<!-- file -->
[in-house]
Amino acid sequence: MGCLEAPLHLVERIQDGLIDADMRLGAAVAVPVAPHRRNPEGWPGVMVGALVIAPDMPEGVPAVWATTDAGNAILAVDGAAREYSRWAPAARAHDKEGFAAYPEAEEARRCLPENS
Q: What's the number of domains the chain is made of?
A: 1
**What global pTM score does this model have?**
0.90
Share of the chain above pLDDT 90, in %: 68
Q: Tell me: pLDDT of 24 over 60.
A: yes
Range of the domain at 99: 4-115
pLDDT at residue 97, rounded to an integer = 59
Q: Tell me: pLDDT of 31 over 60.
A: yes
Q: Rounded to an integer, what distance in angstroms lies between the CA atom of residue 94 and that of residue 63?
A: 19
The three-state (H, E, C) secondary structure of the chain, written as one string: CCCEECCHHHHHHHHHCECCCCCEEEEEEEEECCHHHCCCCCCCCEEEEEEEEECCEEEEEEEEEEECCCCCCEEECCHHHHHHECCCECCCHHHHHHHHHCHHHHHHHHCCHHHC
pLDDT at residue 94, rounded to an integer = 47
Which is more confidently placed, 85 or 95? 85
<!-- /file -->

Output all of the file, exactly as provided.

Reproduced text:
[in-house]
Amino acid sequence: MGCLEAPLHLVERIQDGLIDADMRLGAAVAVPVAPHRRNPEGWPGVMVGALVIAPDMPEGVPAVWATTDAGNAILAVDGAAREYSRWAPAARAHDKEGFAAYPEAEEARRCLPENS
Q: What's the number of domains the chain is made of?
A: 1
**What global pTM score does this model have?**
0.90
Share of the chain above pLDDT 90, in %: 68
Q: Tell me: pLDDT of 24 over 60.
A: yes
Range of the domain at 99: 4-115
pLDDT at residue 97, rounded to an integer = 59
Q: Tell me: pLDDT of 31 over 60.
A: yes
Q: Rounded to an integer, what distance in angstroms lies between the CA atom of residue 94 and that of residue 63?
A: 19
The three-state (H, E, C) secondary structure of the chain, written as one string: CCCEECCHHHHHHHHHCECCCCCEEEEEEEEECCHHHCCCCCCCCEEEEEEEEECCEEEEEEEEEEECCCCCCEEECCHHHHHHECCCECCCHHHHHHHHHCHHHHHHHHCCHHHC
pLDDT at residue 94, rounded to an integer = 47
Which is more confidently placed, 85 or 95? 85